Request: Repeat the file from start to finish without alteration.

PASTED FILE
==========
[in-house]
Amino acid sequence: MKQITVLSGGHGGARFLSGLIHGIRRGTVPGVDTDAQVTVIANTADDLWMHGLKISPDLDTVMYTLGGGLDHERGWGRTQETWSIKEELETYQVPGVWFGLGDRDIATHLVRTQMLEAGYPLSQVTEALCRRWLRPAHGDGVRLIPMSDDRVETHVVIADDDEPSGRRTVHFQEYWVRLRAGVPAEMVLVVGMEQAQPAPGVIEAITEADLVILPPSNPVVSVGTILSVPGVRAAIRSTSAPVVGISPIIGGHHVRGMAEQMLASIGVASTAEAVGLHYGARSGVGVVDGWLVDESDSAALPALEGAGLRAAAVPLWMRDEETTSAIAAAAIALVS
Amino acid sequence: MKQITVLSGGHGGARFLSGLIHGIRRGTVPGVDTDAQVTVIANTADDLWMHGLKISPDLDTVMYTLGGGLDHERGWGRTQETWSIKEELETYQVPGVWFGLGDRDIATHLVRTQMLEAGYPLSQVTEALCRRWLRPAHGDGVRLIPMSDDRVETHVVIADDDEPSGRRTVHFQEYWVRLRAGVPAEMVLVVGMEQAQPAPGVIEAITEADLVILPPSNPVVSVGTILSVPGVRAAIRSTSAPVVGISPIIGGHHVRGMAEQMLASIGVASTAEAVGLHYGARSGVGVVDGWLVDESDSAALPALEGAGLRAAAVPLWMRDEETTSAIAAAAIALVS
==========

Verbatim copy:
[in-house]
Amino acid sequence: MKQITVLSGGHGGARFLSGLIHGIRRGTVPGVDTDAQVTVIANTADDLWMHGLKISPDLDTVMYTLGGGLDHERGWGRTQETWSIKEELETYQVPGVWFGLGDRDIATHLVRTQMLEAGYPLSQVTEALCRRWLRPAHGDGVRLIPMSDDRVETHVVIADDDEPSGRRTVHFQEYWVRLRAGVPAEMVLVVGMEQAQPAPGVIEAITEADLVILPPSNPVVSVGTILSVPGVRAAIRSTSAPVVGISPIIGGHHVRGMAEQMLASIGVASTAEAVGLHYGARSGVGVVDGWLVDESDSAALPALEGAGLRAAAVPLWMRDEETTSAIAAAAIALVS
Amino acid sequence: MKQITVLSGGHGGARFLSGLIHGIRRGTVPGVDTDAQVTVIANTADDLWMHGLKISPDLDTVMYTLGGGLDHERGWGRTQETWSIKEELETYQVPGVWFGLGDRDIATHLVRTQMLEAGYPLSQVTEALCRRWLRPAHGDGVRLIPMSDDRVETHVVIADDDEPSGRRTVHFQEYWVRLRAGVPAEMVLVVGMEQAQPAPGVIEAITEADLVILPPSNPVVSVGTILSVPGVRAAIRSTSAPVVGISPIIGGHHVRGMAEQMLASIGVASTAEAVGLHYGARSGVGVVDGWLVDESDSAALPALEGAGLRAAAVPLWMRDEETTSAIAAAAIALVS